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The sun, the skin & the microbiome

The skin microbiome is a complex community of trillions of microorganisms that live on the surface of the skin. These microorganisms play an important role in protecting the skin from harmful bacteria and other environmental stressors. They also help to regulate the skin's immune system and maintain its overall health.

The sun can negatively impact the skin microbiome in a few ways. Ultraviolet (UV) radiation from the sun can damage and kill beneficial bacteria on the skin. Changes in the microbiome can trigger inflammation which disrupts the skin's natural barrier function. This can make the skin more vulnerable to infection and other skin problems. Additionally, the sun can dry out the skin, which can worsen eczema symptoms.

Skin conditions that can result from a change in the skin microbiome

Eczema is a chronic skin condition that is characterized by dry, itchy skin. It is thought to be caused by a combination of genetic and environmental factors. The sun is one of the environmental factors that can trigger eczema flares. Flare-ups can also be caused by irritants found in soaps and surface cleaners that trigger the immune system, causing inflammation.

Researchers did a small study1 on short-term holiday-related sun exposure on the skin. They found that increased sun exposure led to changes in the microbiome on the skin. Happily, these changes normalised within 28 days of returning home (and not being in the sun as much presumably). Ninety-four percent of the skin microbiome consists of actinobacteria, proteobacteria, and firmicutes. This study showed that those who had the most UV exposure had the lowest levels of proteobacteria. Decreased levels of proteobacteria have been linked to skin conditions such as eczema2.

Other research has shown that S. aureus (a bacteria) is often present on the skin of people with eczema3. The more of these bacteria present on the skin the worse the eczema is. This bacterium is thought to secrete toxins which further damage the skin barrier. A healthy microbiome helps to keep this kind of undesirable bacteria in check, but when you spend more time in the sun this delicate balance can be upset.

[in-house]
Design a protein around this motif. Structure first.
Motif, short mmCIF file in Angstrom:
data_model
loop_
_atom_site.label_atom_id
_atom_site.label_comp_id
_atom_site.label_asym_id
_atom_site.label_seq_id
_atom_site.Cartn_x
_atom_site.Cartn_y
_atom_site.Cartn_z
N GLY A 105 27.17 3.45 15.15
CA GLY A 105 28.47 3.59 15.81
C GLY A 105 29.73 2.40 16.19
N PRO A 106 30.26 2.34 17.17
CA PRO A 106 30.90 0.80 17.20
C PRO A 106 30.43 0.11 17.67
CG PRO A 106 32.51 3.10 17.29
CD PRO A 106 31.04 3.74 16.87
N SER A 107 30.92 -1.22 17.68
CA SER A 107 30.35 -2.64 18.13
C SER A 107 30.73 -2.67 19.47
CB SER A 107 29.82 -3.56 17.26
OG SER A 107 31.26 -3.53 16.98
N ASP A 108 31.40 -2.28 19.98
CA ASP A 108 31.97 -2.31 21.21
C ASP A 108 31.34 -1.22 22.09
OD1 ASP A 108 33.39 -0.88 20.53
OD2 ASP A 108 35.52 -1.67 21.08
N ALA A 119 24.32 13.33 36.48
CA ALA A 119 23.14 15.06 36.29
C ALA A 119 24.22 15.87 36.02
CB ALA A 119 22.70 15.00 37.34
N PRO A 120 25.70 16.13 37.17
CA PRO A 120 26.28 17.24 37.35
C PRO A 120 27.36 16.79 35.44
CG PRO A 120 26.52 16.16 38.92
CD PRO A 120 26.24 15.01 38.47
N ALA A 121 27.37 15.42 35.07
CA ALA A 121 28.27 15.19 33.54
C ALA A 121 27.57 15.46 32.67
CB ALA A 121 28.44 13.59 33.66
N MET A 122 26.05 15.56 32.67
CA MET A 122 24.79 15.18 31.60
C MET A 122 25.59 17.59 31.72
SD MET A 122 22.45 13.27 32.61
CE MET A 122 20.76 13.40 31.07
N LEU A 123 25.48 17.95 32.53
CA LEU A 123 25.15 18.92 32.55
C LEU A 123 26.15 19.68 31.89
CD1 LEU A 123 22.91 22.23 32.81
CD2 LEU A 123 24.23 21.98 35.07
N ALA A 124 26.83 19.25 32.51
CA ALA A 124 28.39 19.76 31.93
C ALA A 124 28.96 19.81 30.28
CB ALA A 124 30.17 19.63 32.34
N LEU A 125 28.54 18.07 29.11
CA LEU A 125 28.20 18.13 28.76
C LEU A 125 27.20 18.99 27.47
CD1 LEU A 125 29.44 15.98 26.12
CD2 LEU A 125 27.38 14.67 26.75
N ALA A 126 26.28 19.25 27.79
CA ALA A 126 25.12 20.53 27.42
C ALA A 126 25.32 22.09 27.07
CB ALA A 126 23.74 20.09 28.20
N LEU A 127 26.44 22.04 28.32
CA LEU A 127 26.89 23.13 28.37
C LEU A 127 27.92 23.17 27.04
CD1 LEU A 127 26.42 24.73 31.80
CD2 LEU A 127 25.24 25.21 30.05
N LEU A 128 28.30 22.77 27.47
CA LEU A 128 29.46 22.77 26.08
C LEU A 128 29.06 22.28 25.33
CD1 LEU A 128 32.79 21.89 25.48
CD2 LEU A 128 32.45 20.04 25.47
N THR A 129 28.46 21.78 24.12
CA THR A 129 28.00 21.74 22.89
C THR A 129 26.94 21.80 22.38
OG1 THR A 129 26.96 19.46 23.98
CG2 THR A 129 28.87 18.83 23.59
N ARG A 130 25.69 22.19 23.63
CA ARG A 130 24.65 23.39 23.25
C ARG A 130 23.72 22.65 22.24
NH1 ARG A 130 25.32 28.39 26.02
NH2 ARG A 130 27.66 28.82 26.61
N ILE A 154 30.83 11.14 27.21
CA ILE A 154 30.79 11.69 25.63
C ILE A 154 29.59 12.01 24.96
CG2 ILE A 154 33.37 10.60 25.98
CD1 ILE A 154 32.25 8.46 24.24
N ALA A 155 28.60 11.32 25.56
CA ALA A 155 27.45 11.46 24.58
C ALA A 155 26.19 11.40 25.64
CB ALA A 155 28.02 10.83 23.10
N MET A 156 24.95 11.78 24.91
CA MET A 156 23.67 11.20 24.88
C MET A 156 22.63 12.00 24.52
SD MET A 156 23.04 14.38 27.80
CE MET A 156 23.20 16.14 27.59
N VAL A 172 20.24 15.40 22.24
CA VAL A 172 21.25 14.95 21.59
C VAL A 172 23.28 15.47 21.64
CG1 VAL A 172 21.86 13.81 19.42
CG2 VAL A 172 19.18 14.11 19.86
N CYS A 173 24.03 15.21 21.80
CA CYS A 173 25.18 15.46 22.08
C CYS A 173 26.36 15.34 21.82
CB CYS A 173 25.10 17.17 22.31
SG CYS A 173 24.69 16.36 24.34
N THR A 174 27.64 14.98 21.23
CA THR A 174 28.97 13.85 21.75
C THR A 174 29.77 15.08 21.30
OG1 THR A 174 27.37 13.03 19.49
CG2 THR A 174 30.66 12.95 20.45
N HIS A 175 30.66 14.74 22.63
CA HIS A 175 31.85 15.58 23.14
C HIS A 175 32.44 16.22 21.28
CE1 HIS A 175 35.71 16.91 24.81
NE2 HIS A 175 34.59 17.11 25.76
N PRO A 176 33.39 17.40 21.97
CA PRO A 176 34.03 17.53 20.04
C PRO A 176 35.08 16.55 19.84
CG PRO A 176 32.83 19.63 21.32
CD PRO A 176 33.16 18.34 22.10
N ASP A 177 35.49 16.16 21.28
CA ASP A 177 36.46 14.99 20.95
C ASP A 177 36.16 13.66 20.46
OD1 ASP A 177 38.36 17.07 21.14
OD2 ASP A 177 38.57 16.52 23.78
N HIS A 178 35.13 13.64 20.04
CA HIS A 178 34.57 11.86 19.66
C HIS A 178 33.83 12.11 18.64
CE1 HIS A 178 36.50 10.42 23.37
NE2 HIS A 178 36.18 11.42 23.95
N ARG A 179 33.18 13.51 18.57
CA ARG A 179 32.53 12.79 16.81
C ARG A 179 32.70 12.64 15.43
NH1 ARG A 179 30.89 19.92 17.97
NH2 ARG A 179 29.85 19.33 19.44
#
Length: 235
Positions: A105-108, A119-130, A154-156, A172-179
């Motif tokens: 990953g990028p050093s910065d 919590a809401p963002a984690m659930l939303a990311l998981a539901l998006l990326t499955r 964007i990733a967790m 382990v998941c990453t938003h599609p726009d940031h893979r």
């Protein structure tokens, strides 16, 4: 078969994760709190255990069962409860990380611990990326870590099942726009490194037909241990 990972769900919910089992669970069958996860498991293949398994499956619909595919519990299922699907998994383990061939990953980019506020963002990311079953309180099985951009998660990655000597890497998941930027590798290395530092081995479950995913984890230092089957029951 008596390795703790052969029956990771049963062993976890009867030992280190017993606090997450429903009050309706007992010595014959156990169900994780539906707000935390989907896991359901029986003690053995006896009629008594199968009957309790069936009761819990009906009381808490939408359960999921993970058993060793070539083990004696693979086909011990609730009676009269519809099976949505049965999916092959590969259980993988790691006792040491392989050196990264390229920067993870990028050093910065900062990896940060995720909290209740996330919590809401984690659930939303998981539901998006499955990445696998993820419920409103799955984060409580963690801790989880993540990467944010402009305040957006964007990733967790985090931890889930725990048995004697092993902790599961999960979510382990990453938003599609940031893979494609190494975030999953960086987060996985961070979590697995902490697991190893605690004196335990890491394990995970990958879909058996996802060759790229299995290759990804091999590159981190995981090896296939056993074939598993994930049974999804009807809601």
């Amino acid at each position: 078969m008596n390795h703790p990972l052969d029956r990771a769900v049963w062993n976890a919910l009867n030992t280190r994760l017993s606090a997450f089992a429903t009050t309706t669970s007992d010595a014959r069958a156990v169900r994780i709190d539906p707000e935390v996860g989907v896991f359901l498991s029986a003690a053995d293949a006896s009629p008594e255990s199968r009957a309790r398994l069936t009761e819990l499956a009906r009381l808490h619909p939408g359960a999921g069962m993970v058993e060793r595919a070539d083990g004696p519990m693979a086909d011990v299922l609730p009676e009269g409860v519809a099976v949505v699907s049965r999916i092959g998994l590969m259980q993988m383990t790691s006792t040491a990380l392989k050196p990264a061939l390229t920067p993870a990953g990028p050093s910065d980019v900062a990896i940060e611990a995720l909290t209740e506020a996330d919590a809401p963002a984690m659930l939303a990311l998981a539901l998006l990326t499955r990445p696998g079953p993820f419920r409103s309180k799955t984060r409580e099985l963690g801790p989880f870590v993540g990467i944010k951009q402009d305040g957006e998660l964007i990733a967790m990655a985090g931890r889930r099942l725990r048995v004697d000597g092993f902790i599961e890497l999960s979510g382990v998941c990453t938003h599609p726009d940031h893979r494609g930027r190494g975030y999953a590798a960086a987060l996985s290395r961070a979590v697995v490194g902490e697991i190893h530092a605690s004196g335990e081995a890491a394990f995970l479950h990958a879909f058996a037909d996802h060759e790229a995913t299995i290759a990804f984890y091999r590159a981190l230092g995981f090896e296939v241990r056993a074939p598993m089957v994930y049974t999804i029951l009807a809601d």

Other skin conditions that have been linked to an imbalance in the skin microbiome include:

  • Acne is a common skin condition that is caused by inflammation of the sebaceous glands. The sebaceous glands produce oil, which helps to keep the skin hydrated by reducing water loss from the skin. However, when the dead cell layer on the skin surface becomes thicker from inflammatory damage to the skin, it can clog the pores and lead to acne breakouts. A change in the skin microbiome can lead to an increase in acne-causing bacteria, called C. acnes, which can worsen the condition.
  • Rosacea is a chronic skin condition that causes redness and inflammation of the face. It is thought to be caused by a combination of genetic and environmental factors. A change in the skin microbiome can worsen rosacea symptoms by triggering inflammation and increasing the presence of acne-causing bacteria.
  • Psoriasis is a chronic autoimmune disease that affects the skin. It causes the skin cells to grow too quickly, which leads to scaling and inflammation. A change in the skin microbiome can worsen psoriasis symptoms by triggering inflammation and increasing the presence of pro-inflammatory bacteria.

Managing eczema symptoms

In addition to protecting the skin microbiome from the sun, there are many other things you can do to prevent eczema flares:

  • Avoid scratching your skin. Scratching can damage the skin and make it more susceptible to infection.
  • Take lukewarm baths or showers. Hot water can dry out the skin and trigger eczema flares.
  • Use a humidifier in your home. Dry air can irritate the skin and worsen eczema symptoms.
  • Avoid wearing tight-fitting clothing. Tight-fitting clothing can trap sweat and irritate the skin.
  • Manage stress. Stress is a common trigger for eczema flares. Find healthy ways to manage stress, such as exercise, relaxation techniques, or therapy.

Protect the microbiome

There are a few things you can do to protect the skin microbiome from the sun:

  • Seek shade during the middle of the day when the sun's rays are strongest.
  • Use a mineral sunscreen to protect from UV.
  • Wear protective clothing, such as a hat and sunglasses.
  • Avoid using harsh soaps and detergents, which can strip the skin of its natural oils and disrupt the skin microbiome. Avoiding ingredients like parabens and sulphates can also help to protect the desirable microbes.
  • Use moisturisers that contain prebiotics and probiotics, which can help to restore and maintain a healthy skin microbiome.

Hypochlorous acid at the correct concentration, like that in our Thoclor Labs GF2 Skin Series formulations, can help to manage the symptoms of eczema & psoriasis, by soothing any pain or inflammation, preventing infection, and restoring the skin’s natural function. The product is at the correct pH for the skin (slightly acidic) to keep the skin’s natural barrier intact. HOCl is also microbiome-safe, so whilst it will eradicate disease-forming microbes it is safe for the desirable organisms that live on the skin. HOCl is also effective in restoring skin suffering from rosacea and acne, with regular use.

Further reading

  1. https://www.frontiersin.org/articles/10.3389/fragi.2023.1217635/full
  2. https://www.ncbi.nlm.nih.gov/pmc/articles/PMC6518061/
  3. https://www.ncbi.nlm.nih.gov/pmc/articles/PMC7317931/
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